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The Press Council has considered a complaint about an article entitled “Liberal candidate threatens Facebook users over satirical article” which was posted in the technology section of the website of The Sydney Morning Herald (www.smh.com.au) on 9 May 2012.
The article related to Andrew Nikolic, the Liberal Party candidate for the Tasmanian electorate of Bass in the 2013 Federal election. It said Mr Nikolic had “named and shamed” Facebook users who had posted comments on a page called New Examiner supporting satirical material about him on that page and he had also threatened to contact their employers. It quoted words to this effect which it said had been posted by Mr Nikolic on his own Facebook page. It also reported his claim to the SMH that because he had already deleted the post he could not confirm whether the quote was accurate.
The article said Mr Nikolic had “reneged on the threats after initially denying to [the SMH journalist] that he had even made them”. It quoted him as saying to the journalist that he had no intention of contacting employers and his request had always been for removal of the material. It quoted criticisms of him by the editor of the New Examiner whom it said was known only under the pseudonym Martin Gaylord.
Mr Nikolic complained the article was inaccurate and unfair because he had not denied threatening to take action, only that he had intended to carry it out. He said the SMH article should have mentioned his explanation that he could not confirm the accuracy of the screenshot from which the article had quoted his threat because it could have come from another Facebook account which he knew had been falsely created in his name. He had not publicly disclosed any more detail about the Facebook users than was on the profiles linked with their remarks. He had removed his own post because several of these people had apologised after he wrote to them about his concerns.
Mr Nikolic also complained the article was unfair because it did not report or investigate his claim that the editor of the New Examiner was a political opponent, whom he named. He said he had told the SMH journalist about this person. He also said the SMH should have reported his claim that many of the Facebook users were political activists.
The Sydney Morning Herald responded that Mr Nikolic had explicitly denied to its journalist that he had made the threat. It claimed he had not mentioned the false Facebook account and the journalist had no good reason to doubt the authenticity of the screenshot. It also claimed Mr Nikolic had not mentioned the political activities of the editor of the New Examiner and, although it had some evidence to suggest the person named by Mr Nikolic was the editor, it had not confirmed the claim. It also said he had not mentioned the alleged political activities of the Facebook users.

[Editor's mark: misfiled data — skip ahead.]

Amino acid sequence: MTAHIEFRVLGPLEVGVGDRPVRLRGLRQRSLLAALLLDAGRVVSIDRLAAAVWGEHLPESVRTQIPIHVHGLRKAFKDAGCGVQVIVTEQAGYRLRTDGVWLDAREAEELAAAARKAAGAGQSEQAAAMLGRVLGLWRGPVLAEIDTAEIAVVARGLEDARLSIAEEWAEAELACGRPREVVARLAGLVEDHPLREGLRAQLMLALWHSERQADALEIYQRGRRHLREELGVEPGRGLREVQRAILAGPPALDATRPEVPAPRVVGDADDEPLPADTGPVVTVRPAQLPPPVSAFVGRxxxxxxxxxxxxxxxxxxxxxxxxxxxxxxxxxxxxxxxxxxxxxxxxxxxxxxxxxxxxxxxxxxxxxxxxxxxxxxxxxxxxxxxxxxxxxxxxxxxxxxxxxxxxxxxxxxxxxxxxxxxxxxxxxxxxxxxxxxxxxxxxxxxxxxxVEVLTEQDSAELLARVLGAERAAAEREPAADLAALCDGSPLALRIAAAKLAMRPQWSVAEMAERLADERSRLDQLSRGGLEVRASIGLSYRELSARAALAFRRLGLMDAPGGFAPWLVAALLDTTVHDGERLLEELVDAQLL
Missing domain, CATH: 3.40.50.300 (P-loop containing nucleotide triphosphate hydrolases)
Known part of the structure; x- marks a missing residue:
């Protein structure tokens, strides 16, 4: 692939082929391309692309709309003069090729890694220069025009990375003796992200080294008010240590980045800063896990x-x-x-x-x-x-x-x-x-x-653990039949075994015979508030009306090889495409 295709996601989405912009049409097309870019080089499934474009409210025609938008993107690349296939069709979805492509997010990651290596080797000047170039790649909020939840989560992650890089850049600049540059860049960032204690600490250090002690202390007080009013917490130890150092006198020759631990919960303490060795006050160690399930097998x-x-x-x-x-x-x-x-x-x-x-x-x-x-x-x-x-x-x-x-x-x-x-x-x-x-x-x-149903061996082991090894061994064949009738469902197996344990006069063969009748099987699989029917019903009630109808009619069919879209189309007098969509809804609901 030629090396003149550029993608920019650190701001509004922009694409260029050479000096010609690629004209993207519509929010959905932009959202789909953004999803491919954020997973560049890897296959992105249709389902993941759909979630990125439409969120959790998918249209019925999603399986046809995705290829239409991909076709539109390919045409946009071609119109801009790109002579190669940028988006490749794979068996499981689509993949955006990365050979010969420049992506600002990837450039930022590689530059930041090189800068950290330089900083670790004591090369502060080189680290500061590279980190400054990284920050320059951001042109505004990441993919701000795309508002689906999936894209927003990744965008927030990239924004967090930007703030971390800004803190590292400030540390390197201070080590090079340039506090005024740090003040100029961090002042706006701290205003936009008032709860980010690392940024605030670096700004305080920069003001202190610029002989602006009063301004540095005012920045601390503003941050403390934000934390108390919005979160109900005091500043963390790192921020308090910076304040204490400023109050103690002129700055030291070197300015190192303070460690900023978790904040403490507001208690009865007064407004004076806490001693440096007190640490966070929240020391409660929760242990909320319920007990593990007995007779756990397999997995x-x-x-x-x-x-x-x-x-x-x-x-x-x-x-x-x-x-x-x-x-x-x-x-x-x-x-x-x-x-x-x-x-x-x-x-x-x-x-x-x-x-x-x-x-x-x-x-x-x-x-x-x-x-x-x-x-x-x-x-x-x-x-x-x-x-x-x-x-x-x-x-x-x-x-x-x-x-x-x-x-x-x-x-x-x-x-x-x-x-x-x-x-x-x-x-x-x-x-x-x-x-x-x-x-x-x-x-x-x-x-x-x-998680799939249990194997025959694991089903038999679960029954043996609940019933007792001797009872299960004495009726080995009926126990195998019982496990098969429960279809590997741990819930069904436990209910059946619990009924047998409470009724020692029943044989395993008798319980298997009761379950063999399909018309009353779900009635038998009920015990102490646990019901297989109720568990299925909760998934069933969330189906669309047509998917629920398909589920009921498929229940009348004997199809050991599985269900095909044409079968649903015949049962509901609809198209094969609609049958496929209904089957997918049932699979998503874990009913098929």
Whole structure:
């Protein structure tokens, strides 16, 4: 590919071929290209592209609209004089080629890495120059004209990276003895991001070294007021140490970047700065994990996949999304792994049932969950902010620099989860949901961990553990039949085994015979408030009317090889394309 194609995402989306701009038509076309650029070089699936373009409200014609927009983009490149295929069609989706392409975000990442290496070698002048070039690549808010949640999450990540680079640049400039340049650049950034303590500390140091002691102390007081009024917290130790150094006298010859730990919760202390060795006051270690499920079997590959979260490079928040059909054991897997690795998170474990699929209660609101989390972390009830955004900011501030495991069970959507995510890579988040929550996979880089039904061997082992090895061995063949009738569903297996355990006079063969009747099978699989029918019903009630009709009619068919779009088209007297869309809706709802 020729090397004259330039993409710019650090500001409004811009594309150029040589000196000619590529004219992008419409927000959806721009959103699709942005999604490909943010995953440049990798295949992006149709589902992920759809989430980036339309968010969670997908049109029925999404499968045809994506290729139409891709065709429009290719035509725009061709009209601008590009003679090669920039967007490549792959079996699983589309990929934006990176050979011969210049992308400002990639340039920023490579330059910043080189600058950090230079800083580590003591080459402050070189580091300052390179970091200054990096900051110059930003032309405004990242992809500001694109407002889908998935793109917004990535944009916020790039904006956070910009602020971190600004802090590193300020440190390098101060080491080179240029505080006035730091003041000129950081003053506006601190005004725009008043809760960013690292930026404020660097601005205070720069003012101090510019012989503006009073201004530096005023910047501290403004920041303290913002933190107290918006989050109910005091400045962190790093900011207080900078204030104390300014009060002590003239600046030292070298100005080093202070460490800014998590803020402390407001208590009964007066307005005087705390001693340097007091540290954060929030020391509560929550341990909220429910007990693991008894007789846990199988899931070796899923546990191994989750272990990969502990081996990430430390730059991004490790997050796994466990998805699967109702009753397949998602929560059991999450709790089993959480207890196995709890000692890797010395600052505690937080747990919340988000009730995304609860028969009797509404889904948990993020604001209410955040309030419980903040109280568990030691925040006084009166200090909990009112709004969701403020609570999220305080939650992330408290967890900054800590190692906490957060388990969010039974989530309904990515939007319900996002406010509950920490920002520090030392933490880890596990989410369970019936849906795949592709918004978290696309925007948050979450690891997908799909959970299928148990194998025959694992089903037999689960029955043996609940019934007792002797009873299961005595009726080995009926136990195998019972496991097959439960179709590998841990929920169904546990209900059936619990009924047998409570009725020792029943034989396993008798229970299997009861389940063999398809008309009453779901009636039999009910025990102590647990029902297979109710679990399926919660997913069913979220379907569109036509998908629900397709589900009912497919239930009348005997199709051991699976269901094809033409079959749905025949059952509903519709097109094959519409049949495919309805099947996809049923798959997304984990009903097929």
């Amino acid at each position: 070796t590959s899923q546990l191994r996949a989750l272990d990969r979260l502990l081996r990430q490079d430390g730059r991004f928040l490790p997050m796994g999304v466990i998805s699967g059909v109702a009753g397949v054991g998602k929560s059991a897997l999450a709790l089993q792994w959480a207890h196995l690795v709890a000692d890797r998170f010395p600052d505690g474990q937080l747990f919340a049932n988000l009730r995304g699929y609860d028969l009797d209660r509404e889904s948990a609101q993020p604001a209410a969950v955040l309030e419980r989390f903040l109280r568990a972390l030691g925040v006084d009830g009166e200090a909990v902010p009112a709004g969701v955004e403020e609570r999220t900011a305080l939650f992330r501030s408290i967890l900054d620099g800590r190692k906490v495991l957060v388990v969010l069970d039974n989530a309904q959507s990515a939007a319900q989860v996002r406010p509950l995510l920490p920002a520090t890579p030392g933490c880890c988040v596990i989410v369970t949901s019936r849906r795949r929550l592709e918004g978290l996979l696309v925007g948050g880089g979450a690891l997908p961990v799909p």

The SMH offered to annotate the archived version of the online article with a detailed indication of Mr Nikolic’s disagreements with it and, subject to him providing conclusive evidence, of the involvement of the editor of the New Examiner and as a political opponent. Mr Nikolic rejected the offer on the principal ground that the Herald itself should take responsibility for establishing the relevant facts.
The Council’s discussions with Mr Nikolic and the journalist have led it to conclude that Mr Nikolic’s recall of the relevant communications between them is likely to be accurate. It appeared that the importance of the distinction between making a threat and intending to carry out that threat was not adequately recognised by the journalist. It is the imputation that Mr Nikolic had lied in this respect which had led to his complaint.
The potential significance of the actual identity of Martin Gaylord also was not adequately recognised by the journalist, even though he had good reason to suspect the identity and to investigate whether it should affect the way in which to report the story. This applies especially to the decision to include a strongly-worded quotation from an undisclosed person.
Accordingly, the Council upholds the complaint on the grounds that the publication failed to take reasonable steps to ensure accuracy and fairness in these respects. The Council also is concerned that the journalist told Mr Nikolic “the New Examiner has refused to comment” but then included its comment in the article. It does not consider, however, that there was any need for the journalist to explore and report upon the political activities of the Facebook users. The Council notes that the SMH is now willing to acknowledge on its archived copy of the article the accuracy of Mr Nikolic’s claims about the involvement of the editor of the New Examiner.
Relevant Council Standards (not required for publication by the newspaper):
This adjudication applies the Council’s General Principle 1: “Publications should take reasonable steps to ensure reports are accurate, fair and balanced”.